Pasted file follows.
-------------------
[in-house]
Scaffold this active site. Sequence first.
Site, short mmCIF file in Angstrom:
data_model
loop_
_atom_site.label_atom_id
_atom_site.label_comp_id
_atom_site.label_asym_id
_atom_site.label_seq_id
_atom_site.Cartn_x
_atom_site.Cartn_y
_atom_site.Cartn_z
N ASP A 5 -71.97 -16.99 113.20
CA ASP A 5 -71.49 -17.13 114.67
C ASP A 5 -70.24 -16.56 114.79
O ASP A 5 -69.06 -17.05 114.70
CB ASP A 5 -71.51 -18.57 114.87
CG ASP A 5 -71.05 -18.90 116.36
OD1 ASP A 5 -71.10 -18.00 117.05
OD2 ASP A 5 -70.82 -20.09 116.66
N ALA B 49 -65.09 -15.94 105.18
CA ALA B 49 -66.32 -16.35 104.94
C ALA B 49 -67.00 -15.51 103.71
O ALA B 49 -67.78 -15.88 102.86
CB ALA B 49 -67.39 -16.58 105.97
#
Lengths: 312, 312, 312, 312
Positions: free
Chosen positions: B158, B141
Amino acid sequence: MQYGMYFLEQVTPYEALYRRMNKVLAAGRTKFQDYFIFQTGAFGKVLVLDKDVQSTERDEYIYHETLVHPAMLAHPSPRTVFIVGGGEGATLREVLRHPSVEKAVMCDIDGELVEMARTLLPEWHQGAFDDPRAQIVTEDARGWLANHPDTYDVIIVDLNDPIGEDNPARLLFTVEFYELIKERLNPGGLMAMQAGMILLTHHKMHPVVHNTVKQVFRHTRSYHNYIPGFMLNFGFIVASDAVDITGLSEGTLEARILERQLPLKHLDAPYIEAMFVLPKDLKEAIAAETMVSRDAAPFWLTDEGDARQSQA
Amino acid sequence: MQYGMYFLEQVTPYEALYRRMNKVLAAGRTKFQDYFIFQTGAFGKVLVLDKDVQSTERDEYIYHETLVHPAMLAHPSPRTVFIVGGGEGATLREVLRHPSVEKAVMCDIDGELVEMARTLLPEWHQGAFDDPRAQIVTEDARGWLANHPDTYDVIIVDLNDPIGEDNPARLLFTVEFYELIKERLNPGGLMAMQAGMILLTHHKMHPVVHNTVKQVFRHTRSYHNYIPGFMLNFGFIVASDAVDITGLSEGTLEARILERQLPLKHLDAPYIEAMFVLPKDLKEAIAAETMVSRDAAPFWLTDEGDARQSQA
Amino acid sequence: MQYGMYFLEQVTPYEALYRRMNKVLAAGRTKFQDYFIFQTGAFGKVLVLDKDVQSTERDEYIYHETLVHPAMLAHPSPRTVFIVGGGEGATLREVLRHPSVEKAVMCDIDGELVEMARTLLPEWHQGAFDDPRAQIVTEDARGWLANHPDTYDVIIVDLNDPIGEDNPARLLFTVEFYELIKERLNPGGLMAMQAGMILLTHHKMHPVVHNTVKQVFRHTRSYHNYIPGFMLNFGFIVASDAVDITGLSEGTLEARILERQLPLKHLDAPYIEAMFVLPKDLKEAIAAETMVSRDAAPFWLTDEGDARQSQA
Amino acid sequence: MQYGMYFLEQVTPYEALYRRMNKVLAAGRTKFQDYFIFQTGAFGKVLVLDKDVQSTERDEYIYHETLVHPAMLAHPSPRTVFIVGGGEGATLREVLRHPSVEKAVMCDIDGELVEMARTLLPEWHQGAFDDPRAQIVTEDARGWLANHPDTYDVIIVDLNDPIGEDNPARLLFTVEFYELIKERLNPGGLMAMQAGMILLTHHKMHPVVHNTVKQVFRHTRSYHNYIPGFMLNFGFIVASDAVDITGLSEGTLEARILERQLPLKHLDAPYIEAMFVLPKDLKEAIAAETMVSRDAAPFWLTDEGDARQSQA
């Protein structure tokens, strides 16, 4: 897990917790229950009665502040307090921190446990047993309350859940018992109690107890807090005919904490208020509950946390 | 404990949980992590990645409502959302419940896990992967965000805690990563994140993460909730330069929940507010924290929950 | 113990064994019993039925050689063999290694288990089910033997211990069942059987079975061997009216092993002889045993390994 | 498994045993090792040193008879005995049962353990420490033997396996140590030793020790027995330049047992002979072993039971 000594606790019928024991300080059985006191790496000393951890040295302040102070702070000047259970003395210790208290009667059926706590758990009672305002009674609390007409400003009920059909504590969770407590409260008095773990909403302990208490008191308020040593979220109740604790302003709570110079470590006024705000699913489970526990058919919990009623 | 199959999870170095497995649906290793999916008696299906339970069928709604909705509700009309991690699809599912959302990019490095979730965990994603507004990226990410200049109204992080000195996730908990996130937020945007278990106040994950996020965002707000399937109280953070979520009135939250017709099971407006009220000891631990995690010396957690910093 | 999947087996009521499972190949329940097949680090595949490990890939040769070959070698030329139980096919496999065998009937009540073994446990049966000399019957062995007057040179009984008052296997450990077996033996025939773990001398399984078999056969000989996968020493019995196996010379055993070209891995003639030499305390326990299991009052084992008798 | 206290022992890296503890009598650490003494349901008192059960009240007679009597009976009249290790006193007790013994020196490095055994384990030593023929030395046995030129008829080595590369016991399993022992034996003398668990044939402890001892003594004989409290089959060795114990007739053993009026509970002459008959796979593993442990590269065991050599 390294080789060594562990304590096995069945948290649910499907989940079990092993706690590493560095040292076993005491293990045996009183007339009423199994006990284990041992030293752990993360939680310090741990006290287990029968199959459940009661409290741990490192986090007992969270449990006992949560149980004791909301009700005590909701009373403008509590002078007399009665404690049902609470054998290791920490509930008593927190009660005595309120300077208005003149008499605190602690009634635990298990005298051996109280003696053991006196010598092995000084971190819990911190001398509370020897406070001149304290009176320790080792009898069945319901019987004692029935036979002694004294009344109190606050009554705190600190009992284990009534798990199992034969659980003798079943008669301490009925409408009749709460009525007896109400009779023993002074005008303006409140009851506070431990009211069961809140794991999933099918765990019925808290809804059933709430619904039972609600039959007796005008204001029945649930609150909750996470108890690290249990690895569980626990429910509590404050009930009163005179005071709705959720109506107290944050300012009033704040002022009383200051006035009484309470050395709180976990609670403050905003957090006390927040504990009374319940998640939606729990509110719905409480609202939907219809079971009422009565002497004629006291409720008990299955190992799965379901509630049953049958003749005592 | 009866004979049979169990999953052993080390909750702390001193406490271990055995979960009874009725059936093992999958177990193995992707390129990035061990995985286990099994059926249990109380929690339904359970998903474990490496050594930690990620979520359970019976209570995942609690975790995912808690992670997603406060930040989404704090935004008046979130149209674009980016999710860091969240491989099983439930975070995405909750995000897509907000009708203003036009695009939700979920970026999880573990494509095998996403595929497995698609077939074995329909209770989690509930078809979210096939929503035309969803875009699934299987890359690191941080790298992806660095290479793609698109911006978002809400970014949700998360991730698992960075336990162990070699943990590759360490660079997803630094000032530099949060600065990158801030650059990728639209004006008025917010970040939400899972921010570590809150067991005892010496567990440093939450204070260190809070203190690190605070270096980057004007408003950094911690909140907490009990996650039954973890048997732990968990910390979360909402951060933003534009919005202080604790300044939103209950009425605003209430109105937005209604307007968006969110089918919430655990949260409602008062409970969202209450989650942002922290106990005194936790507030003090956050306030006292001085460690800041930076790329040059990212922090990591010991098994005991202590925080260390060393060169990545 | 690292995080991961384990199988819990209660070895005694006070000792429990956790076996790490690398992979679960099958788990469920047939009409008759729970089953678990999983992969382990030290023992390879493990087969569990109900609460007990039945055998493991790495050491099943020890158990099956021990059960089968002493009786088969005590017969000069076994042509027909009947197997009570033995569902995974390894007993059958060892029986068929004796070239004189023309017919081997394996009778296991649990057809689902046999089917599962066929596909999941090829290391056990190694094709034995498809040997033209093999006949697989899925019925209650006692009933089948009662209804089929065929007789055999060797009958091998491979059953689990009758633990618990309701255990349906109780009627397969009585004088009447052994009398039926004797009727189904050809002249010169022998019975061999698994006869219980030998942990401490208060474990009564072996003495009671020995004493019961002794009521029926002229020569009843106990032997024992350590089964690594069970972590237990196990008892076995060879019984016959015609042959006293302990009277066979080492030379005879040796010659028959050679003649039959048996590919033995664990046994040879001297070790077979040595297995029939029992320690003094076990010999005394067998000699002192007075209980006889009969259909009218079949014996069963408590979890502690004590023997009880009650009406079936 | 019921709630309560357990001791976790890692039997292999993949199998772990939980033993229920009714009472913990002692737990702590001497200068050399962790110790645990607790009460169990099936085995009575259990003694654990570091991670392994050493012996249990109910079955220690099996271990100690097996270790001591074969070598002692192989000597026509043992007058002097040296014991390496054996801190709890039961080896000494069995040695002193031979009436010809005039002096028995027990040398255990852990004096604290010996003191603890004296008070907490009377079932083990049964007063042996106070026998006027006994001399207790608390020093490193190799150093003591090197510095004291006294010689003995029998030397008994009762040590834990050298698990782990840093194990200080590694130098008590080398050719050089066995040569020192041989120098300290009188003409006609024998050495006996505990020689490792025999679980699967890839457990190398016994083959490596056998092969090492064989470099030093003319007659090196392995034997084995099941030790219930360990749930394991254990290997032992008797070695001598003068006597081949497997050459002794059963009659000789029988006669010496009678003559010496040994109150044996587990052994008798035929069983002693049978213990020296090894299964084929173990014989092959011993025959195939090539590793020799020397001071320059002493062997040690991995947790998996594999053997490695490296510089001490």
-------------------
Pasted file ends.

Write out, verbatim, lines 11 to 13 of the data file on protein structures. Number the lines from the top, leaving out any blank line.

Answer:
_atom_site.Cartn_y
_atom_site.Cartn_z
N ASP A 5 -71.97 -16.99 113.20